It’s a negative promise—“all life will not be destroyed.” But I’ll take it; the promise is real, and powerful. If “all life will not be destroyed”—even in the waters of a flood, even when the chaos of sin overwhelms everything—even then there will be life. God’s covenant to Noah, to us, to “every living creature” (Gen 9:10), to “all life” (9:17) is that there will be life.
We see that promise in action in the life of Jesus. We see that promise in action in the story of Jesus’ baptism. In the first chapter of Mark we hear about John baptizing Jesus. Jesus is plunged beneath the flood of the waters of the Jordan.
I imagine the mud at the bottom of the Jordan squishing between Jesus’ beloved toes as John poured water over his dusty head and the Spirit alighted. I imagine Jesus walking back up the beach of the Jordan in his mud-caked clothes, the Spirit on his head like a dove. It is a muddy Jesus who the Spirit leads straight away into the wilderness. Right back into the chaos.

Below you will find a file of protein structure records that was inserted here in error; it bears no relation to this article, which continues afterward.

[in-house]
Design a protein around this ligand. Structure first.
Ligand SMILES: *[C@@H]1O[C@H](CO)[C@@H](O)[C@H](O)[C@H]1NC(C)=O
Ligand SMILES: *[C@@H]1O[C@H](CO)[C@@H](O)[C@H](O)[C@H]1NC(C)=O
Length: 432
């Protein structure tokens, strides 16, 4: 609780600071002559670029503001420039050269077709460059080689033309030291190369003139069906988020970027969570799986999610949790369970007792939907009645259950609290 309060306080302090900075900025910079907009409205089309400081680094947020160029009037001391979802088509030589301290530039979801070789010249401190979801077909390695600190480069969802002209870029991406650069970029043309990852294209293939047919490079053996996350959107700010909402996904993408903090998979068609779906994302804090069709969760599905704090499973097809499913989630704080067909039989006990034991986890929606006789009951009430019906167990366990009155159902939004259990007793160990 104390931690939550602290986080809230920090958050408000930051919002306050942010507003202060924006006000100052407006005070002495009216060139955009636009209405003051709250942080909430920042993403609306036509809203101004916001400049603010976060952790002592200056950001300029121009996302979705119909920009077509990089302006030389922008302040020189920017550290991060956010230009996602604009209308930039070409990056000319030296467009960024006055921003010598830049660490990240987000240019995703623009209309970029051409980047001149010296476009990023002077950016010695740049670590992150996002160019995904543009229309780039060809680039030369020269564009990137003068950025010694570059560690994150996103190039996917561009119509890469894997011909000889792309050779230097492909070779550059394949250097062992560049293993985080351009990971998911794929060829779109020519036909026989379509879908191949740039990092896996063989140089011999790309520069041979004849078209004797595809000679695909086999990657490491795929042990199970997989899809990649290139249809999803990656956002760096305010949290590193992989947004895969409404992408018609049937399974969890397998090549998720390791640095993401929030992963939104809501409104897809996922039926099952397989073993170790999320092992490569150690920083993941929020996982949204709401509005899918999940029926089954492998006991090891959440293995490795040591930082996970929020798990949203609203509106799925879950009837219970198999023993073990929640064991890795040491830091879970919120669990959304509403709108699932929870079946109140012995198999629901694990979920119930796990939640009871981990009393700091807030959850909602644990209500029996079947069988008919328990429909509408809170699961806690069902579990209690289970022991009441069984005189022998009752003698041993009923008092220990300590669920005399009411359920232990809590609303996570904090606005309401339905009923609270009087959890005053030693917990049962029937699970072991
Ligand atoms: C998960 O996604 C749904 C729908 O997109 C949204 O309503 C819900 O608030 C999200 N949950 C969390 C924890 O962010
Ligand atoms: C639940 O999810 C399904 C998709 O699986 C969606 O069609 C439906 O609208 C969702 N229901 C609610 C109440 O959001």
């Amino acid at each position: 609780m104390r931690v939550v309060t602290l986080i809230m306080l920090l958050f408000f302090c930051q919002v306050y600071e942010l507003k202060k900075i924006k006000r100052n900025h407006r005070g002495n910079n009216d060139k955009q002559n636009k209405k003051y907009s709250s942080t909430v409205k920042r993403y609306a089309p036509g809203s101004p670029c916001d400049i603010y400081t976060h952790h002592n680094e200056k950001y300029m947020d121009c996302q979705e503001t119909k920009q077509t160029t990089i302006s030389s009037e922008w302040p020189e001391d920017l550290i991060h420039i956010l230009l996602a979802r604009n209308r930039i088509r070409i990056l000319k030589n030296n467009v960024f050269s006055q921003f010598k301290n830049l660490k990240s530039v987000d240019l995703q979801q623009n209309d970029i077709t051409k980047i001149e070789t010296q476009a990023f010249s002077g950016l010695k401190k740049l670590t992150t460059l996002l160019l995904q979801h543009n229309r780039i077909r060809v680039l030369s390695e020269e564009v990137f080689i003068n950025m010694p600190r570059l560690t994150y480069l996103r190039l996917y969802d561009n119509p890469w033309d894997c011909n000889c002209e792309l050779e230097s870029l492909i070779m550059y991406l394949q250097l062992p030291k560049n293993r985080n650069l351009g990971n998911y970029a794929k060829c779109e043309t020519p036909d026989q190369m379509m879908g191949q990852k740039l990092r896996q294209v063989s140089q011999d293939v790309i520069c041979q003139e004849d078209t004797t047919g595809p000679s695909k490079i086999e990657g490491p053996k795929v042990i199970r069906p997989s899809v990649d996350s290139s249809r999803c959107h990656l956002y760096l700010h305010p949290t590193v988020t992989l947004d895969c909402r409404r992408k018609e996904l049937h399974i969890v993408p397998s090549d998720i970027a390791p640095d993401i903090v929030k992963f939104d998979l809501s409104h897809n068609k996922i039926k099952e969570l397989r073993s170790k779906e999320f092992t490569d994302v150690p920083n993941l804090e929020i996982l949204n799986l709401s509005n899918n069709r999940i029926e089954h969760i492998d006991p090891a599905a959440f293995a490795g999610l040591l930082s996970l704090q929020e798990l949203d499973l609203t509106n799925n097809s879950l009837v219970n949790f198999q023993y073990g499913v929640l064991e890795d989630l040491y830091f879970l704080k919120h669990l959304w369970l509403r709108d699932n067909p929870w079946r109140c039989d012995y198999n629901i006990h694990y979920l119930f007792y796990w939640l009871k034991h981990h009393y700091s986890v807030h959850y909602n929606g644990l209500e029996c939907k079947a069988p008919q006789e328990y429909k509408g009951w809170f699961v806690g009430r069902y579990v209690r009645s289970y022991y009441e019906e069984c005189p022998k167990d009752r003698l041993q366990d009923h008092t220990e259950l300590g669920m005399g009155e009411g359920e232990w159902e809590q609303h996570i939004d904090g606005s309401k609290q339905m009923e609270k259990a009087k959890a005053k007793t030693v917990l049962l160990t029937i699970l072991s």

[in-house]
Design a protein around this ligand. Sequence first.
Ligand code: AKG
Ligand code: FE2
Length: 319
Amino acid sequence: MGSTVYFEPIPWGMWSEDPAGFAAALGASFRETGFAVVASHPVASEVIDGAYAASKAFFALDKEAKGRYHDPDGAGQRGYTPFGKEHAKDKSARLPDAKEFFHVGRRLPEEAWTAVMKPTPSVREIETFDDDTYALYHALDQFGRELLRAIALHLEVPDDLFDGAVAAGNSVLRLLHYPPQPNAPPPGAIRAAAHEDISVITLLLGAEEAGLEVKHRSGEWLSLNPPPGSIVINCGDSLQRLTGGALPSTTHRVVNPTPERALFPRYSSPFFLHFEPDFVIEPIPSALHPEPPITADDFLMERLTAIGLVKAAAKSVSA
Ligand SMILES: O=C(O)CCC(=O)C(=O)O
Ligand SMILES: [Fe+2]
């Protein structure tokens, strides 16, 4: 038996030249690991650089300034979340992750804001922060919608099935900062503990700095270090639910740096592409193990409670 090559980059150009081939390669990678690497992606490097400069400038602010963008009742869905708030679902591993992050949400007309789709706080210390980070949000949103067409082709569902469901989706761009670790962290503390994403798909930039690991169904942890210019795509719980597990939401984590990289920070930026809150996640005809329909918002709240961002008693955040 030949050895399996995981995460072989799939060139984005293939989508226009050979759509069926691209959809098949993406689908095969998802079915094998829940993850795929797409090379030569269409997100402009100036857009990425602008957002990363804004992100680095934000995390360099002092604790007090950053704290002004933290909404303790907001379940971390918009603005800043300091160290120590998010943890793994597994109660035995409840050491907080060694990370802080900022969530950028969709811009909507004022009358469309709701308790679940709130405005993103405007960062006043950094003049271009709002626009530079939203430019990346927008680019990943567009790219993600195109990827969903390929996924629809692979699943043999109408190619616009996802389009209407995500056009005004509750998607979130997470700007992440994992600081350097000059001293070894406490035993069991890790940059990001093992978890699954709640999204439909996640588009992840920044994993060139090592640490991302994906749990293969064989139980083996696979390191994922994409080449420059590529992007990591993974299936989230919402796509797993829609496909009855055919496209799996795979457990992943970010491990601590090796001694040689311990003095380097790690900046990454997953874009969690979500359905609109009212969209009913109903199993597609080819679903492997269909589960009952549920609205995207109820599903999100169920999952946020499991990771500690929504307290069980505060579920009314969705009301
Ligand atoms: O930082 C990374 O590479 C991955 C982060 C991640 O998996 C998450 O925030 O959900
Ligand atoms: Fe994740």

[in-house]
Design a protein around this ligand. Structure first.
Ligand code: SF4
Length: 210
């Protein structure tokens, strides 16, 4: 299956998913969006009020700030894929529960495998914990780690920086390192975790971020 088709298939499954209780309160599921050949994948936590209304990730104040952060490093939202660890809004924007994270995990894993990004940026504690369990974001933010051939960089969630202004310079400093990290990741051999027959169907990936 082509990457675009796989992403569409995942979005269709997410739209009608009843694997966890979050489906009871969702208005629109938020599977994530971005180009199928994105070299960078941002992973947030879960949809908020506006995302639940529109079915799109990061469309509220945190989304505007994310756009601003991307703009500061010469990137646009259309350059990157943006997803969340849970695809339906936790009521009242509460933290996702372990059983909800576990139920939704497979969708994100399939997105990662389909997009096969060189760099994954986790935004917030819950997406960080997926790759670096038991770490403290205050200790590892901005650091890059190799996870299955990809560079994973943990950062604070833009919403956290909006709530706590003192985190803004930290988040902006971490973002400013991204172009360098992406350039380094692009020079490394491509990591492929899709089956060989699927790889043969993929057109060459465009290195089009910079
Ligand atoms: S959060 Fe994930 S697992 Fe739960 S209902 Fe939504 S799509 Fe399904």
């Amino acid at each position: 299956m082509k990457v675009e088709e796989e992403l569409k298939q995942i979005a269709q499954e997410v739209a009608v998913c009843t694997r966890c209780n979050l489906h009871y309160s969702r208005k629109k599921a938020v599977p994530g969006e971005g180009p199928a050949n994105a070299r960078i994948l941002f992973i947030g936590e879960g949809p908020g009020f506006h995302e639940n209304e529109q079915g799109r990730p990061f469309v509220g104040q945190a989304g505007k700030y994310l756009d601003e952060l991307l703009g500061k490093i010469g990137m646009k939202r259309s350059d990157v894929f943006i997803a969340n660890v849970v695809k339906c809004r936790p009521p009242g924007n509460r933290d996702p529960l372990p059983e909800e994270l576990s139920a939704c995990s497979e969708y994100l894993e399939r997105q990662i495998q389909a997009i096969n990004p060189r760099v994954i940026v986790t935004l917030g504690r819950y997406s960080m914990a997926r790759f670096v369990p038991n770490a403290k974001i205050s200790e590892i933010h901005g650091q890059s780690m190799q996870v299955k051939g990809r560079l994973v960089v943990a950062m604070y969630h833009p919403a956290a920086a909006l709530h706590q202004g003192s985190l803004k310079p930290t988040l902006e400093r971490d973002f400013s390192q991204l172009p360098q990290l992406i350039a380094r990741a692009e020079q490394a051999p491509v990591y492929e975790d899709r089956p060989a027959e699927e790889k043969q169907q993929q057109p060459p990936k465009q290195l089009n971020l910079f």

After his baptism, muddy Jesus stays in the desert for 40 days. He’s right in the middle of it. Desert, wilderness, dryness, starving, temptation, straining against death. Jesus is there with Satan. There with the “wild animals,” just like the “wild animals” of Noah’s ark (Gen 9:10; Mk 1:13). There with the angels. There’s a bit of everything. Everyone is there. All that potential for death. All that life. It sounds like the Flood to me, though inverted, riffed, turned on its head. Desert dryness instead of raging water. But a flood all the same.
When Jesus returns from the desert he finds out that John—his baptizer, the one who prepared his way, his cousin—is in prison. It’s a little detail we might read over, “After John was put in prison” (Mk 1:14), but when I imagine Jesus coming back to Galilee exhausted from the desert and the temptation and the wild animals and the angels, it feels like a last low blow: John stolen away behind bars.